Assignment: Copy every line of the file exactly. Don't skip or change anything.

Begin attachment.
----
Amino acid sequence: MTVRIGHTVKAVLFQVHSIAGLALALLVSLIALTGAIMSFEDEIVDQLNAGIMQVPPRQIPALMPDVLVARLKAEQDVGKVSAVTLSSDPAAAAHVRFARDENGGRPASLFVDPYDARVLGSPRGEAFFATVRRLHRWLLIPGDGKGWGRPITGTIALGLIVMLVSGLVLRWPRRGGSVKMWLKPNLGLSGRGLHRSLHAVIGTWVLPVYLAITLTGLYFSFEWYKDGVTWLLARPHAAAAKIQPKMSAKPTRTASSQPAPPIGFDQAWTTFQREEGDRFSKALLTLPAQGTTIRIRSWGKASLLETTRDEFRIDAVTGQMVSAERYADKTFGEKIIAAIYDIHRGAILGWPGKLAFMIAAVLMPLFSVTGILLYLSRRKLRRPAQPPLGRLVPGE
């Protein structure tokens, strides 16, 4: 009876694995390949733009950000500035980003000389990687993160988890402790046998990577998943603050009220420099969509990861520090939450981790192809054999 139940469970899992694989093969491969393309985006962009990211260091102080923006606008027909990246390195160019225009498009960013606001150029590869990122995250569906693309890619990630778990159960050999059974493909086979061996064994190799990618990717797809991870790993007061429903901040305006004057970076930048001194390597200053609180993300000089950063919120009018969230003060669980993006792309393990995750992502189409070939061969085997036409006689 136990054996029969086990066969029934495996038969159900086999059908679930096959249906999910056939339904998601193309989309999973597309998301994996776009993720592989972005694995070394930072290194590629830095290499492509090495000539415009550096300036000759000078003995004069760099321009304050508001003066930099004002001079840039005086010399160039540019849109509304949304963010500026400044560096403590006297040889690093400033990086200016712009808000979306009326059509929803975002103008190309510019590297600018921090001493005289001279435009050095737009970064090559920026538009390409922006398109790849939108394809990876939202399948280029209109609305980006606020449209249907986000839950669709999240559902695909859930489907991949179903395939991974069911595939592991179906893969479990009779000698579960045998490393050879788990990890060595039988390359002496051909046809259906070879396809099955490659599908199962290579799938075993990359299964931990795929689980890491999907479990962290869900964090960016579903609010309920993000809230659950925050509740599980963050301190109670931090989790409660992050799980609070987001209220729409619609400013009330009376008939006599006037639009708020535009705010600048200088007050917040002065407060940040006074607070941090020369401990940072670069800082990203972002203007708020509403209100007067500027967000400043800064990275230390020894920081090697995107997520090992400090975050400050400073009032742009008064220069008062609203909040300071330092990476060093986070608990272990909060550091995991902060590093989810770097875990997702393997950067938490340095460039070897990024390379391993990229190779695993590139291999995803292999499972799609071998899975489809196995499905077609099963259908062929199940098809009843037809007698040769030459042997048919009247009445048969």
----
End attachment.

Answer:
Amino acid sequence: MTVRIGHTVKAVLFQVHSIAGLALALLVSLIALTGAIMSFEDEIVDQLNAGIMQVPPRQIPALMPDVLVARLKAEQDVGKVSAVTLSSDPAAAAHVRFARDENGGRPASLFVDPYDARVLGSPRGEAFFATVRRLHRWLLIPGDGKGWGRPITGTIALGLIVMLVSGLVLRWPRRGGSVKMWLKPNLGLSGRGLHRSLHAVIGTWVLPVYLAITLTGLYFSFEWYKDGVTWLLARPHAAAAKIQPKMSAKPTRTASSQPAPPIGFDQAWTTFQREEGDRFSKALLTLPAQGTTIRIRSWGKASLLETTRDEFRIDAVTGQMVSAERYADKTFGEKIIAAIYDIHRGAILGWPGKLAFMIAAVLMPLFSVTGILLYLSRRKLRRPAQPPLGRLVPGE
């Protein structure tokens, strides 16, 4: 009876694995390949733009950000500035980003000389990687993160988890402790046998990577998943603050009220420099969509990861520090939450981790192809054999 139940469970899992694989093969491969393309985006962009990211260091102080923006606008027909990246390195160019225009498009960013606001150029590869990122995250569906693309890619990630778990159960050999059974493909086979061996064994190799990618990717797809991870790993007061429903901040305006004057970076930048001194390597200053609180993300000089950063919120009018969230003060669980993006792309393990995750992502189409070939061969085997036409006689 136990054996029969086990066969029934495996038969159900086999059908679930096959249906999910056939339904998601193309989309999973597309998301994996776009993720592989972005694995070394930072290194590629830095290499492509090495000539415009550096300036000759000078003995004069760099321009304050508001003066930099004002001079840039005086010399160039540019849109509304949304963010500026400044560096403590006297040889690093400033990086200016712009808000979306009326059509929803975002103008190309510019590297600018921090001493005289001279435009050095737009970064090559920026538009390409922006398109790849939108394809990876939202399948280029209109609305980006606020449209249907986000839950669709999240559902695909859930489907991949179903395939991974069911595939592991179906893969479990009779000698579960045998490393050879788990990890060595039988390359002496051909046809259906070879396809099955490659599908199962290579799938075993990359299964931990795929689980890491999907479990962290869900964090960016579903609010309920993000809230659950925050509740599980963050301190109670931090989790409660992050799980609070987001209220729409619609400013009330009376008939006599006037639009708020535009705010600048200088007050917040002065407060940040006074607070941090020369401990940072670069800082990203972002203007708020509403209100007067500027967000400043800064990275230390020894920081090697995107997520090992400090975050400050400073009032742009008064220069008062609203909040300071330092990476060093986070608990272990909060550091995991902060590093989810770097875990997702393997950067938490340095460039070897990024390379391993990229190779695993590139291999995803292999499972799609071998899975489809196995499905077609099963259908062929199940098809009843037809007698040769030459042997048919009247009445048969």